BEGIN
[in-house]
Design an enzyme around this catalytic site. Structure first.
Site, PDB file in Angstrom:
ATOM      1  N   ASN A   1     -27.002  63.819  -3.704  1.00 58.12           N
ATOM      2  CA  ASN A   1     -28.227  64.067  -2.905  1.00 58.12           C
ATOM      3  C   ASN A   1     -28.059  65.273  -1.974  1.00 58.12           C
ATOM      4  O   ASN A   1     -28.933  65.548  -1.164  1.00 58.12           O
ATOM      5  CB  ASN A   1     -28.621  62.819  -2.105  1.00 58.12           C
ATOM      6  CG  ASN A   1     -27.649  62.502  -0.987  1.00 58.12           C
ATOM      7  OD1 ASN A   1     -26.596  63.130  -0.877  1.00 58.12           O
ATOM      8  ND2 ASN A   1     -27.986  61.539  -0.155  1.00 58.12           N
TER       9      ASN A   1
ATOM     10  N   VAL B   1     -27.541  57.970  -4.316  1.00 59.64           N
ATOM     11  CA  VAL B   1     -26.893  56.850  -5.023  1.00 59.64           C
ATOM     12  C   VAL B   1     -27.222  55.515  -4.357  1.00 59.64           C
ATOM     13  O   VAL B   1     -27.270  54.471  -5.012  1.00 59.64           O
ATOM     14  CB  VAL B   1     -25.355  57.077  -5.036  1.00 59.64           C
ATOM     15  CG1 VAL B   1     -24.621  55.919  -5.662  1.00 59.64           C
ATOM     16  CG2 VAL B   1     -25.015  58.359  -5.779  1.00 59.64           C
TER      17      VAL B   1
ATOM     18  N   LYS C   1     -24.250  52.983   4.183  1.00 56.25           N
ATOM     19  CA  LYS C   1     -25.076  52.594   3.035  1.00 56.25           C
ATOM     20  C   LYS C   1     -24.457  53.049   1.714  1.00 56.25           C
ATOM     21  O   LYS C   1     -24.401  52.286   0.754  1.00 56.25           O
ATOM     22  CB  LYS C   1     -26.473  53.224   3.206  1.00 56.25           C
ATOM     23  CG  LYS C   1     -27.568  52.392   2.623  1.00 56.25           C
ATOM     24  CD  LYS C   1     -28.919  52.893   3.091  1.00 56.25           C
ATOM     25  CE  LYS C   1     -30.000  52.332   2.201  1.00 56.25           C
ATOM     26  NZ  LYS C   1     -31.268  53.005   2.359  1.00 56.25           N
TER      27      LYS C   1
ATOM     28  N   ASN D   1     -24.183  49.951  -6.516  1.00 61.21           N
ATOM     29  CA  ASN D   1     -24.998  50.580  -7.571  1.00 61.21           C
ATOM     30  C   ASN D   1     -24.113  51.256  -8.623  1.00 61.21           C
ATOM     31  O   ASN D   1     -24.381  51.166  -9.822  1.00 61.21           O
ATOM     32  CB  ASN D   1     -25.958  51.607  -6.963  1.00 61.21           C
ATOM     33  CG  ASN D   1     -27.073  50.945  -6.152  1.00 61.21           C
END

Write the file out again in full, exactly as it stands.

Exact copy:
[in-house]
Design an enzyme around this catalytic site. Structure first.
Site, PDB file in Angstrom:
ATOM      1  N   ASN A   1     -27.002  63.819  -3.704  1.00 58.12           N
ATOM      2  CA  ASN A   1     -28.227  64.067  -2.905  1.00 58.12           C
ATOM      3  C   ASN A   1     -28.059  65.273  -1.974  1.00 58.12           C
ATOM      4  O   ASN A   1     -28.933  65.548  -1.164  1.00 58.12           O
ATOM      5  CB  ASN A   1     -28.621  62.819  -2.105  1.00 58.12           C
ATOM      6  CG  ASN A   1     -27.649  62.502  -0.987  1.00 58.12           C
ATOM      7  OD1 ASN A   1     -26.596  63.130  -0.877  1.00 58.12           O
ATOM      8  ND2 ASN A   1     -27.986  61.539  -0.155  1.00 58.12           N
TER       9      ASN A   1
ATOM     10  N   VAL B   1     -27.541  57.970  -4.316  1.00 59.64           N
ATOM     11  CA  VAL B   1     -26.893  56.850  -5.023  1.00 59.64           C
ATOM     12  C   VAL B   1     -27.222  55.515  -4.357  1.00 59.64           C
ATOM     13  O   VAL B   1     -27.270  54.471  -5.012  1.00 59.64           O
ATOM     14  CB  VAL B   1     -25.355  57.077  -5.036  1.00 59.64           C
ATOM     15  CG1 VAL B   1     -24.621  55.919  -5.662  1.00 59.64           C
ATOM     16  CG2 VAL B   1     -25.015  58.359  -5.779  1.00 59.64           C
TER      17      VAL B   1
ATOM     18  N   LYS C   1     -24.250  52.983   4.183  1.00 56.25           N
ATOM     19  CA  LYS C   1     -25.076  52.594   3.035  1.00 56.25           C
ATOM     20  C   LYS C   1     -24.457  53.049   1.714  1.00 56.25           C
ATOM     21  O   LYS C   1     -24.401  52.286   0.754  1.00 56.25           O
ATOM     22  CB  LYS C   1     -26.473  53.224   3.206  1.00 56.25           C
ATOM     23  CG  LYS C   1     -27.568  52.392   2.623  1.00 56.25           C
ATOM     24  CD  LYS C   1     -28.919  52.893   3.091  1.00 56.25           C
ATOM     25  CE  LYS C   1     -30.000  52.332   2.201  1.00 56.25           C
ATOM     26  NZ  LYS C   1     -31.268  53.005   2.359  1.00 56.25           N
TER      27      LYS C   1
ATOM     28  N   ASN D   1     -24.183  49.951  -6.516  1.00 61.21           N
ATOM     29  CA  ASN D   1     -24.998  50.580  -7.571  1.00 61.21           C
ATOM     30  C   ASN D   1     -24.113  51.256  -8.623  1.00 61.21           C
ATOM     31  O   ASN D   1     -24.381  51.166  -9.822  1.00 61.21           O
ATOM     32  CB  ASN D   1     -25.958  51.607  -6.963  1.00 61.21           C
ATOM     33  CG  ASN D   1     -27.073  50.945  -6.152  1.00 61.21           C